The term “lynching” arises from the American Revolution, when Charles Lynch, a Virginia planter, held irregular courts to punish loyalists with flogging. An extrajudicial killing, lynching is associated with hanging, but can encompass other forms of violence and death.
Tuskegee University has tracked lynchings that took place nationwide from 1882 to 1968. Black people represent 72 percent of the victims from more than 4,700 incidents recorded in this database.
The picture in the Intermountain West, however, varies from the national experience. Here, the number of Black victims represent about 5 percent of 288 lynchings – not surprising given the low percentage of Black residents in the region’s overall population. However, Native Americans, Mexicans, Chinese, and others outside of the local power structure were also victims of the “necktie social” in the West.
Aside from racial power dynamics, another factor driving lynching in the region was the lack of mature government structure, such as well-established courts and police resources. In that absence, vigilante justice ruled the day. As History Colorado notes: “Before Colorado’s statehood in 1876, lynching was the main form of punishment for criminals in many mining towns across the Colorado Territory.”
Utah has had at least a dozen known lynchings – most of which happened before statehood – and the incidents demonstrate both themes. At least five lynchings involved a Black or Asian victim. Other incidents illustrate the vigilante-justice theme, and three of these are the focus of this article, as Park City’s one lynching falls in this category.
On Valentine’s Day in 1873, Charlie Benson was drinking with some associates in Logan. He drew a revolver and shot and killed another of the group, David W. Crockett. Benson fled the scene and hid in a barn, while Sheriff Alvin Crockett (David’s brother) organized a search party.
When Benson left the barn, a searcher spotted him, and the posse followed tracks in the snow. According to Utah Humanities, “A hundred armed men followed the trail and cornered Benson in the willows about two miles southwest of Logan. Charlie gave up and was taken to jail in the basement of the Cache County Courthouse. But some community members were still angry, and a mob formed and stormed the courthouse, dragging Benson out into the cold. They threw a rope over the courthouse sign and hanged Charlie Benson.”
Jobless and Vengeful
In Silver Reef in 1880, Scotsman Thomas Forrest was hired by the California Mine, but proved a problematic employee. An aggressive and disagreeable man, he stirred up trouble, especially among fellow Scottish and Irish immigrants.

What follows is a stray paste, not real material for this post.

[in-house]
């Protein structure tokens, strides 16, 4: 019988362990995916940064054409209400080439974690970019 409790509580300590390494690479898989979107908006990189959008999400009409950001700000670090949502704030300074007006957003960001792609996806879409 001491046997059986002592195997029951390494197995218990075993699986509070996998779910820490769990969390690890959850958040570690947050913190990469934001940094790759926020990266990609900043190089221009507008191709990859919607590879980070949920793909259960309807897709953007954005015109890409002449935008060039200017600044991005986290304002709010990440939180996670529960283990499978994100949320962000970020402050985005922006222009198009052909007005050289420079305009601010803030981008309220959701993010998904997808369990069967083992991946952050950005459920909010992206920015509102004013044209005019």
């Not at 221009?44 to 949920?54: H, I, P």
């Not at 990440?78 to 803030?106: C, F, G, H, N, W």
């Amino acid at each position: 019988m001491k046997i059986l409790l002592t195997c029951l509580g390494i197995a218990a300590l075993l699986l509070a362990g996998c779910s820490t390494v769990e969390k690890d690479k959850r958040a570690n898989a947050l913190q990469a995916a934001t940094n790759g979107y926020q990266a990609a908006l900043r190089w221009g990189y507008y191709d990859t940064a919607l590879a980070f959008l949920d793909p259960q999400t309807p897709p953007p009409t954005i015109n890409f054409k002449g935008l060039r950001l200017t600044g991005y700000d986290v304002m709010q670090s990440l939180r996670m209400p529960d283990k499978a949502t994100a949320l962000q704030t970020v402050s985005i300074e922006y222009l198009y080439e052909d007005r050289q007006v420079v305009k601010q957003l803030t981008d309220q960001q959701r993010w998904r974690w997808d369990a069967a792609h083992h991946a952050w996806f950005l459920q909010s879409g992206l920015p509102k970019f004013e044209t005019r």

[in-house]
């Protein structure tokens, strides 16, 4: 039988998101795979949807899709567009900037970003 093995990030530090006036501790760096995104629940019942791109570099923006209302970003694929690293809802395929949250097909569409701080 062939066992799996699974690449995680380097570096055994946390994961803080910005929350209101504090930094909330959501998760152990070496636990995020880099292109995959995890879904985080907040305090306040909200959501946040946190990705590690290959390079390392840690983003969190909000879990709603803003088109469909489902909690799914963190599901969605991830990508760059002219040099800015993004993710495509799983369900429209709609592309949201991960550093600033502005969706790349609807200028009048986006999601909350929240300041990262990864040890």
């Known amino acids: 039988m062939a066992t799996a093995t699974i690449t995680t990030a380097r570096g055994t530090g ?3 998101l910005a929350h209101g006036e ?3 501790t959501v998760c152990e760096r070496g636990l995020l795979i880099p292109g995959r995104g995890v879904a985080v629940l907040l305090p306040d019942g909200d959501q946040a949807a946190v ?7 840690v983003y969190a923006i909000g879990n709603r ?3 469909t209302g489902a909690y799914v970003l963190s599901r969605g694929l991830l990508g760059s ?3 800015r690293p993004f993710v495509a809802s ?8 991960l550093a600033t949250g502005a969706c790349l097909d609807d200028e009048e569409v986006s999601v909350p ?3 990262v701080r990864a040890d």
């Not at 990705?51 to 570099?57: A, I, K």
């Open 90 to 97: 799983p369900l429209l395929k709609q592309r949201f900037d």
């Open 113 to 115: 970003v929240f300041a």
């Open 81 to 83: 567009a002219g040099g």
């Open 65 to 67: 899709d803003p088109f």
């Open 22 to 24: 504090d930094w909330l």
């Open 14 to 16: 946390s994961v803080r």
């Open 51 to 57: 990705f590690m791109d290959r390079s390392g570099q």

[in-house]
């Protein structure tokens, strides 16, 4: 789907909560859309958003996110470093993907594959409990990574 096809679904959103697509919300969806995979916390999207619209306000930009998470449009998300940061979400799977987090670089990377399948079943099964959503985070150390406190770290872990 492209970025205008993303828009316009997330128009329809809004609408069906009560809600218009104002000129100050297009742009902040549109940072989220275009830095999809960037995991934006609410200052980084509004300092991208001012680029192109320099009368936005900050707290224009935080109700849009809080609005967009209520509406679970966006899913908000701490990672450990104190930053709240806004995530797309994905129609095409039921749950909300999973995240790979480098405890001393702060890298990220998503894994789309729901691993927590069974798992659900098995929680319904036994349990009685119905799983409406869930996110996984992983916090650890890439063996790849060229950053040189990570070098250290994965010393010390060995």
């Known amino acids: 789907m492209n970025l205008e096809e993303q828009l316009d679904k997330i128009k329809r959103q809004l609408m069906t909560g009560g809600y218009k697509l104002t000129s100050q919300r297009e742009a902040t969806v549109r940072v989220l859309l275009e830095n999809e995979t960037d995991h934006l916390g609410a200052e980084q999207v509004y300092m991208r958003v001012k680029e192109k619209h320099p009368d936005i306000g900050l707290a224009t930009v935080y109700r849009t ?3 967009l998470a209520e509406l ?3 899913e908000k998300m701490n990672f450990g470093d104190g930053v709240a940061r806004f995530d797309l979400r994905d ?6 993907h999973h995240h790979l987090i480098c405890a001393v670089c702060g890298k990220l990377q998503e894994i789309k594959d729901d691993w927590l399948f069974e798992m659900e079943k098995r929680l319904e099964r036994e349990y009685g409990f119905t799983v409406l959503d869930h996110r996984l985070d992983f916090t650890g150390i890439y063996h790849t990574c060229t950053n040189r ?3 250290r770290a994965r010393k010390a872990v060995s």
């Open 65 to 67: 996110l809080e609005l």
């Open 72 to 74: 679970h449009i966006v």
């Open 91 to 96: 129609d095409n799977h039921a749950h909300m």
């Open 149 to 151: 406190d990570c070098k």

In October, the well-respected mine foreman Michael Carbis fired Forrest, who did not take the news well. At home that night, Forrest sharpened his knife, and in the morning, he took it and a revolver and waited by Carbis’ usual route to work. When Carbis passed by, Forrest accosted him and fatally stabbed the foreman with the knife. A nearby constable attempted to arrest Forrest, but the murderer brandished the revolver and escaped.
A posse found Forrest hiding in an idle shaft of the Tecumseh Mine and placed him in the Silver Reef jail. After a confrontation with Carbis’ son, the constable transferred Forrest to the county jail in St. George. A few days later (after the Carbis funeral), a mob subdued the St. George sheriff and hung Forrest from a cottonwood tree.
A Hatful of Ore
Here in Park City in August 1883, overlapping mining claims near Iron Mountain were the cause of conflict between “Black Jack” Murphy and W.M. Brennan. Accounts vary as to whether Murphy got the drop on Brennan when the latter – armed with a shot gun – showed up at Murphy’s cabin to contest ownership of the claims. Or, as several witnesses asserted and most researchers concur, Murphy took aim from hiding and “drygulched” Brennan as he rode nearby. In any case, Murphy turned himself in, and the sheriff transported him to Coalville for safekeeping.
Several nights later, a Park City mob took control of a Utah and Eastern train, rode it to Coalville, extracted Murphy from the sheriff’s care, and rode the train back to Park City. The vigilantes then hanged Murphy from a telegraph pole near Main Street.
Ironically one writer observed that the contested claims never produced so much as “a hatful of ore.” Read more about Black Jack Murphy here.
Were there any repercussions for these three vigilante actions? As is typical in the national experience, post-lynching investigations (if any) were perfunctory, and no one was arrested or prosecuted. Such was the consent of the governed in the Wild West. The Park City Museum is hosting an in-person lecture titled “Murder, Lynching, and Vigilantes in the Old West,” presented by author Michael Rutter on Tuesday, December 6 from 5-6 p.m. at their Education and Collections Center at 2079 Sidewinder Drive. Register here.